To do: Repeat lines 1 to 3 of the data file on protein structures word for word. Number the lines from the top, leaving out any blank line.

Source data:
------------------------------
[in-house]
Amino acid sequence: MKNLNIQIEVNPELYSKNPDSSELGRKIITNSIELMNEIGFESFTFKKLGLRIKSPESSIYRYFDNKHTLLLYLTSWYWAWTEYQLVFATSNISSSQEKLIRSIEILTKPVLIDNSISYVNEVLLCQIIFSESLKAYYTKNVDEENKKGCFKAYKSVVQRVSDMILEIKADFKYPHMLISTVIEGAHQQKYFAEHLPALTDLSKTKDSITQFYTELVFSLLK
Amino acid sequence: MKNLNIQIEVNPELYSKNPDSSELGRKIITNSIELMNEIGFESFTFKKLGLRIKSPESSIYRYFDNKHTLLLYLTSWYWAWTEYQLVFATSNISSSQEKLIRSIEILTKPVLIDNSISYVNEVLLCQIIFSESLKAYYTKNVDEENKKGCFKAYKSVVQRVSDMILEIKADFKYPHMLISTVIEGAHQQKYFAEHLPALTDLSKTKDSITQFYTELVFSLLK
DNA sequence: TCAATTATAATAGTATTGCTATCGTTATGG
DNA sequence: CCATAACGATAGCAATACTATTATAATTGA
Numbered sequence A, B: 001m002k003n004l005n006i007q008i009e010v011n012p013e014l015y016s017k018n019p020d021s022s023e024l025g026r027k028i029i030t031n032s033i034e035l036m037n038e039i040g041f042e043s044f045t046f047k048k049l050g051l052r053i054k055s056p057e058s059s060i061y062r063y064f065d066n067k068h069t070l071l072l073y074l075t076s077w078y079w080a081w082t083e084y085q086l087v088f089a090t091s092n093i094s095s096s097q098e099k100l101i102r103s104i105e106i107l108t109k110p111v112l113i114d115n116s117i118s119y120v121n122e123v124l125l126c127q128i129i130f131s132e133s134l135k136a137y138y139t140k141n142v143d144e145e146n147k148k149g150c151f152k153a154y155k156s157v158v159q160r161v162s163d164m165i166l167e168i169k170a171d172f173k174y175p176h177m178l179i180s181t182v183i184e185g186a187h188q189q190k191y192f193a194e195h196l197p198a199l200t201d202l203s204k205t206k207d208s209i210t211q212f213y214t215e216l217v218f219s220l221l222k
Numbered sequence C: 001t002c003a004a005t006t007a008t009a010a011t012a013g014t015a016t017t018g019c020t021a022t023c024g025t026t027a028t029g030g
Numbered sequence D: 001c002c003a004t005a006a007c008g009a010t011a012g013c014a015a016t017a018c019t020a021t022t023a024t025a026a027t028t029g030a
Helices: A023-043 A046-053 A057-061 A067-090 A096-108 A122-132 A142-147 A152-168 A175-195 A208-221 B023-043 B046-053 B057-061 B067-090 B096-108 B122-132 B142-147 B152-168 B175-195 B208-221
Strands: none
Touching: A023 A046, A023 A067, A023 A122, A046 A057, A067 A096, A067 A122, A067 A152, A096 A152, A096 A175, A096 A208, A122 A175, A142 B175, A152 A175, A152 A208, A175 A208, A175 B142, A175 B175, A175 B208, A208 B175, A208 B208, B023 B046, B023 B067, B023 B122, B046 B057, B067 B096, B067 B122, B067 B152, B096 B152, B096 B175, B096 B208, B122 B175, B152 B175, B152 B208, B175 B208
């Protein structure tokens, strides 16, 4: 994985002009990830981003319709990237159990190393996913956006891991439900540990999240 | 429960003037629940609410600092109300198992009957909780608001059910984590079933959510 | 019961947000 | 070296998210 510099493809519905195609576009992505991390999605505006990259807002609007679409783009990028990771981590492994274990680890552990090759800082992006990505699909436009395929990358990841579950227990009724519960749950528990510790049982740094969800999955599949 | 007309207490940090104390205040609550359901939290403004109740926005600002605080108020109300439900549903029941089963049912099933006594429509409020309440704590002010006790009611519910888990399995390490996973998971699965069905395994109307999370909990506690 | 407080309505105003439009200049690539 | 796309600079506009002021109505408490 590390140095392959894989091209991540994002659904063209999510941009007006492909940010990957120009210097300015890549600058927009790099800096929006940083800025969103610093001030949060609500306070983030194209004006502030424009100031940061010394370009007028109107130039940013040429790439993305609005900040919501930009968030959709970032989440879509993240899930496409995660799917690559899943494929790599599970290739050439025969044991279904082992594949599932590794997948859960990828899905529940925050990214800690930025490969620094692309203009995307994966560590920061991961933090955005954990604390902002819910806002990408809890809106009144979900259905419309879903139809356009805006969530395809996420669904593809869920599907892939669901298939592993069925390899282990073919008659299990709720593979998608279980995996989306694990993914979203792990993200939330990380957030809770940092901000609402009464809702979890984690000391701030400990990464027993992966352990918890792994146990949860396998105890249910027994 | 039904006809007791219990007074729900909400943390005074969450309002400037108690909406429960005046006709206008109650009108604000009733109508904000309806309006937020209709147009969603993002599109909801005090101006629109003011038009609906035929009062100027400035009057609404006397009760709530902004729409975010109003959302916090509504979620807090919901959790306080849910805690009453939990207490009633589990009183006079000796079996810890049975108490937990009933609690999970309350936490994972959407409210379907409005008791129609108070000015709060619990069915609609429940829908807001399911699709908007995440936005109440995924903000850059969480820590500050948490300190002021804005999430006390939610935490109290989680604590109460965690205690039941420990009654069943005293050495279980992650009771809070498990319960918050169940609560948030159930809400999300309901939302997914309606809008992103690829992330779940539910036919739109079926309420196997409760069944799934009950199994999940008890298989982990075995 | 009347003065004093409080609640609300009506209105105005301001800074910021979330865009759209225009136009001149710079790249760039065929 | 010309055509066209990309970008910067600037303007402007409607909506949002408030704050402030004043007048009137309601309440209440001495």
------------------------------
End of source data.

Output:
[in-house]
Amino acid sequence: MKNLNIQIEVNPELYSKNPDSSELGRKIITNSIELMNEIGFESFTFKKLGLRIKSPESSIYRYFDNKHTLLLYLTSWYWAWTEYQLVFATSNISSSQEKLIRSIEILTKPVLIDNSISYVNEVLLCQIIFSESLKAYYTKNVDEENKKGCFKAYKSVVQRVSDMILEIKADFKYPHMLISTVIEGAHQQKYFAEHLPALTDLSKTKDSITQFYTELVFSLLK
Amino acid sequence: MKNLNIQIEVNPELYSKNPDSSELGRKIITNSIELMNEIGFESFTFKKLGLRIKSPESSIYRYFDNKHTLLLYLTSWYWAWTEYQLVFATSNISSSQEKLIRSIEILTKPVLIDNSISYVNEVLLCQIIFSESLKAYYTKNVDEENKKGCFKAYKSVVQRVSDMILEIKADFKYPHMLISTVIEGAHQQKYFAEHLPALTDLSKTKDSITQFYTELVFSLLK